Quirky Corporate Culture or Plain Weirdness? - Pronexia

Quirky Corporate Culture or Plain Weirdness?

 dans corporate culture, interview stories, unusual work environment

It is no secret that many companies are trying to stand out in the market place and create a unique corporate culture (take Google or Zappos as an example). We have seen a lot of quirky things that get implemented – a bring your pet to the office day, an on-site gym, a dry cleaning service, gaming rooms, relaxation rooms.. and even trips to Cancun, all expenses paid, for employees and their families.

That being said, in an effort to be unique, some companies push the envelope so far that they leave many job seekers (and headhunters alike) puzzled and plain uncomfortable.

Case in point…

One of our most hilarious and well-spoken candidate shared his interview story with us earlier today and we felt compelled to share it with our readers (with our candidate’s full consent). Please note that the company in question is a US-based firm and is not a client of Pronexia!

The interview was with a social media marketing firm.

The phone interview with these guys was very strange. They weren’t interested in talking about anything I had actually done in my career, nor anything I was currently doing. The position was for a systems engineering role, but 100% of the questions they asked me were DBA (data base administration) questions. For instance, they kept asking me to design complex SQL queries. Detailed questions about normalization techniques, etc. I asked if the interview was for a Linux systems role or a DBA role. They said systems, of course, but kept on with the DBA questions. Later, I told the recruiter that I thought they gave me the wrong interview. They told her that they only asked me exactly one database-related question, and that the rest were systems questions. Curious, eh?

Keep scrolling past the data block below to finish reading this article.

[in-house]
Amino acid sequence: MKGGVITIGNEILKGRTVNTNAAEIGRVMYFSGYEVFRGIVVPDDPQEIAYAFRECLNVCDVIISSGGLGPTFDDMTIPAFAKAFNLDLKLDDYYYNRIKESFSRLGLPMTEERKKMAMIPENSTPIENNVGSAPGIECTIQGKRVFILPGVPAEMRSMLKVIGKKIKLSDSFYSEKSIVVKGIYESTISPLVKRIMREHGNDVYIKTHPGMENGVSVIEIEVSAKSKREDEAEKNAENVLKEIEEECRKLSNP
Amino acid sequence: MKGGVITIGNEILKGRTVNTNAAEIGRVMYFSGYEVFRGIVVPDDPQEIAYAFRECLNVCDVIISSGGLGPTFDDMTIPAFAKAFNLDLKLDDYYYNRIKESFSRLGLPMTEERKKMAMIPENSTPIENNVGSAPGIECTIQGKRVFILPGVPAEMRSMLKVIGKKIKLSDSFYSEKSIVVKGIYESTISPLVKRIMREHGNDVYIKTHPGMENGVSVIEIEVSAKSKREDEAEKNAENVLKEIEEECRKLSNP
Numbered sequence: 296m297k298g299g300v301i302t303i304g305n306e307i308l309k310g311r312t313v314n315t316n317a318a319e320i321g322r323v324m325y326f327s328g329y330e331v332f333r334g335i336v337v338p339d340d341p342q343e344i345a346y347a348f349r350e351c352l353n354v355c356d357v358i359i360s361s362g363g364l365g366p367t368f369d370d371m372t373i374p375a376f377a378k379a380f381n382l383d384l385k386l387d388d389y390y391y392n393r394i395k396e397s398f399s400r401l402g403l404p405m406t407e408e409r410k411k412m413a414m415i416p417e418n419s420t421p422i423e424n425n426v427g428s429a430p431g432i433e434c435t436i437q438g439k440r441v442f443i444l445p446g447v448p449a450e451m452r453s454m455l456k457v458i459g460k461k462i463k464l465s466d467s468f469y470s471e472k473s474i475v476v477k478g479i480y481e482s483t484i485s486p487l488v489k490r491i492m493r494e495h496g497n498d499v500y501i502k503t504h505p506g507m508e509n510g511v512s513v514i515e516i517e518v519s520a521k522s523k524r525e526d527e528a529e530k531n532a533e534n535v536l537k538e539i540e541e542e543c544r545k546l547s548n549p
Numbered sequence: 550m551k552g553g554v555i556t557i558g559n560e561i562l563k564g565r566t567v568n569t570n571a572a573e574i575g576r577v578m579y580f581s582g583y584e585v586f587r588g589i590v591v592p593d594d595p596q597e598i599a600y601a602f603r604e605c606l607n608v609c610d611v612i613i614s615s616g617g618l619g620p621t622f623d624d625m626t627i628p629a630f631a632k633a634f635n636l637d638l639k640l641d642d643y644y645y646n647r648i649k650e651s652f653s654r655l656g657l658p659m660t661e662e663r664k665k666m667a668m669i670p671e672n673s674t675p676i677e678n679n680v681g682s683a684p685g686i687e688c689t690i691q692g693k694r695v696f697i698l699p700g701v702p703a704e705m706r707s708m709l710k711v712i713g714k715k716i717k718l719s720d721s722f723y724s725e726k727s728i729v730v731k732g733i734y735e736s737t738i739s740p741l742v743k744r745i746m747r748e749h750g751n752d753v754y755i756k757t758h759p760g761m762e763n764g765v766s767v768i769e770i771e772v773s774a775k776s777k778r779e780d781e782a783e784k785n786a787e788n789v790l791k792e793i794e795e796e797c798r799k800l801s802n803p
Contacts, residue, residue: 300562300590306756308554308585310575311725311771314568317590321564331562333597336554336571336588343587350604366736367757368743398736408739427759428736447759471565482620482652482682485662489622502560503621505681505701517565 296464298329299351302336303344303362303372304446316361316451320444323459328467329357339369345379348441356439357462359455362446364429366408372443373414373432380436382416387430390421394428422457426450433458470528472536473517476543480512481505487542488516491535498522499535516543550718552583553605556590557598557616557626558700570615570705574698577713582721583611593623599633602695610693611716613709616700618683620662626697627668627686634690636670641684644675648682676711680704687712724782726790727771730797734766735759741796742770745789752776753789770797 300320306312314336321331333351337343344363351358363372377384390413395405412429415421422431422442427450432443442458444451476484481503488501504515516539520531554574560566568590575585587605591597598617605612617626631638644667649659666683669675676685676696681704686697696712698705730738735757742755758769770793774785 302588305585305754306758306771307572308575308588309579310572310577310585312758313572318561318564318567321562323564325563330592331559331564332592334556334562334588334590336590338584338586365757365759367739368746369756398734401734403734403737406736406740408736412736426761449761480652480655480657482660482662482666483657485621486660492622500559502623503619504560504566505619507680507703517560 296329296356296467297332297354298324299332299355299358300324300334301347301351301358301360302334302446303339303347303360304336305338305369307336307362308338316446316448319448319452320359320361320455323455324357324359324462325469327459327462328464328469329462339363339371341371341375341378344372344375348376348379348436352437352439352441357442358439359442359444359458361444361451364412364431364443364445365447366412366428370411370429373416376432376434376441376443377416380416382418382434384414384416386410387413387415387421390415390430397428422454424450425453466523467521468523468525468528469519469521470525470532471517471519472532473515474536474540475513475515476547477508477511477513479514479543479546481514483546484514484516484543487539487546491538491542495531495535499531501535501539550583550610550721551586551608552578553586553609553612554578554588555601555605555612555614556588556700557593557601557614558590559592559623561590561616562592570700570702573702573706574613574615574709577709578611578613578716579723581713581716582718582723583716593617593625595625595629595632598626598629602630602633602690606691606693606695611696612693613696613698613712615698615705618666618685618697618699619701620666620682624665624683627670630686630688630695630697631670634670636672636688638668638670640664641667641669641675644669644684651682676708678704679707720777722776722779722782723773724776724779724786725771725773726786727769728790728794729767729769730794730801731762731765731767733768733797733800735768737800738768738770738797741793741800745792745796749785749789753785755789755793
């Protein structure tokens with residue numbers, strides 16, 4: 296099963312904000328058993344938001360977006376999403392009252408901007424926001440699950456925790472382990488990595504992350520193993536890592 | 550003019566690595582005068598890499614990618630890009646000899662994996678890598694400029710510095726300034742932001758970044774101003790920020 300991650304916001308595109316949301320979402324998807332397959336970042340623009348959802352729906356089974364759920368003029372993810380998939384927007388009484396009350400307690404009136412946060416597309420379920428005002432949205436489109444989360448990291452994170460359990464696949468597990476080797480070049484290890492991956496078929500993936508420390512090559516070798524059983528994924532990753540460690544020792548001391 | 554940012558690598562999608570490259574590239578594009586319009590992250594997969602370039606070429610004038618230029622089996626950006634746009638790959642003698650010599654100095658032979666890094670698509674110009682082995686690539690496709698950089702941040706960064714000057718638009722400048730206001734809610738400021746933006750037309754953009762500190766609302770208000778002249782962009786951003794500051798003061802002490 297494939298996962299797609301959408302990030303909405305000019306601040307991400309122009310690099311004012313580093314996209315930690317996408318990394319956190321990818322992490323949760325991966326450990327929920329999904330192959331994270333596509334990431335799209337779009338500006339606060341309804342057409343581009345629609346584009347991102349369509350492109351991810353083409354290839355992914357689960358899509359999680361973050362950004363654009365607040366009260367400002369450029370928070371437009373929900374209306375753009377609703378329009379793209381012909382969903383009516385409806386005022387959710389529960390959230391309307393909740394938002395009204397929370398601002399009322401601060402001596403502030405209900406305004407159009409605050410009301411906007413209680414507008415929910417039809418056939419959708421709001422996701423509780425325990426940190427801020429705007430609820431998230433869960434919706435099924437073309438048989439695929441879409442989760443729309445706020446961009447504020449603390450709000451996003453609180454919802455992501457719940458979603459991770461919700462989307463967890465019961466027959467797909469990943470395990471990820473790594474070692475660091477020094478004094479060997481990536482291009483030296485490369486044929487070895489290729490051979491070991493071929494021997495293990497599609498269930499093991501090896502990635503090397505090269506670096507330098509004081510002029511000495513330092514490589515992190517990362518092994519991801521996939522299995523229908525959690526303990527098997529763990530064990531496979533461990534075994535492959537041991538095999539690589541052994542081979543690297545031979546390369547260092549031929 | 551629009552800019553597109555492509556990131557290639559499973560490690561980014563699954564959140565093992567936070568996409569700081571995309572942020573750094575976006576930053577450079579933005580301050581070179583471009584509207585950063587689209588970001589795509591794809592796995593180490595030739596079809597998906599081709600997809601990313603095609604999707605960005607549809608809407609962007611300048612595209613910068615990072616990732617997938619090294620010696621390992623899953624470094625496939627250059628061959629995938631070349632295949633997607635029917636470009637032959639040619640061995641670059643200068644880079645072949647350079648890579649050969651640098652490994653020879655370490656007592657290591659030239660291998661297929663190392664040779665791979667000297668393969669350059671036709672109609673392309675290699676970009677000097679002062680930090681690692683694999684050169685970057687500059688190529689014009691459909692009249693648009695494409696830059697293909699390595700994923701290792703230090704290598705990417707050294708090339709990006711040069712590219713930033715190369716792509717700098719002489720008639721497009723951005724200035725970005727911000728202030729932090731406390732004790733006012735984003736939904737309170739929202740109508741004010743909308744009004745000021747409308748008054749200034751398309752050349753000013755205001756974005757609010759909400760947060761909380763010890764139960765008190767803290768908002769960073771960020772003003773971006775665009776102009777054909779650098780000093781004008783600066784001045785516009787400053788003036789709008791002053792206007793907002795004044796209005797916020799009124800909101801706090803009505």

Curiouser still… they said they loved me and wanted me in for a face-to-face.

At first I resisted, saying I wasn’t interested, but the recruiter ultimately convinced me to give them a second chance.

So, this past week I went in to see them.

Upon my arrival, they shuffled me into a room with two people waiting. The first person to talk introduced herself as « a database administrator. » I thought it was going to be a repeat of the phone interview.

But she then started asking me some programming questions — python libraries and what not, finally getting to « tell me a really cool one-line hack that you’ve done. »

I responded that my programming style is most influenced by my early work in Ada and embedded systems, which means that I write code in an extremely deliberate (and hence readable) fashion, so I really don’t do one-liner hacks. That got her angry. I mean angry.

Then she started in with the DBA questions. I guess as punishment.

Finally, the other guy in the room spoke up asking me, « so tell me everything you did at your job yesterday. » I said « my day started out with a call to our partners in India, where I am organizing a data center migration. Then, I had another call with some Ugandans, where I am working to set up point-to-point microwave connectivity between two schools and training the local IT staff on virtualization. »

The guy interrupted me after my second sentence with « OK… we’ve heard enough. » With that, both of them got up and walked out of the room.

Weird, I though.

But it got weirder.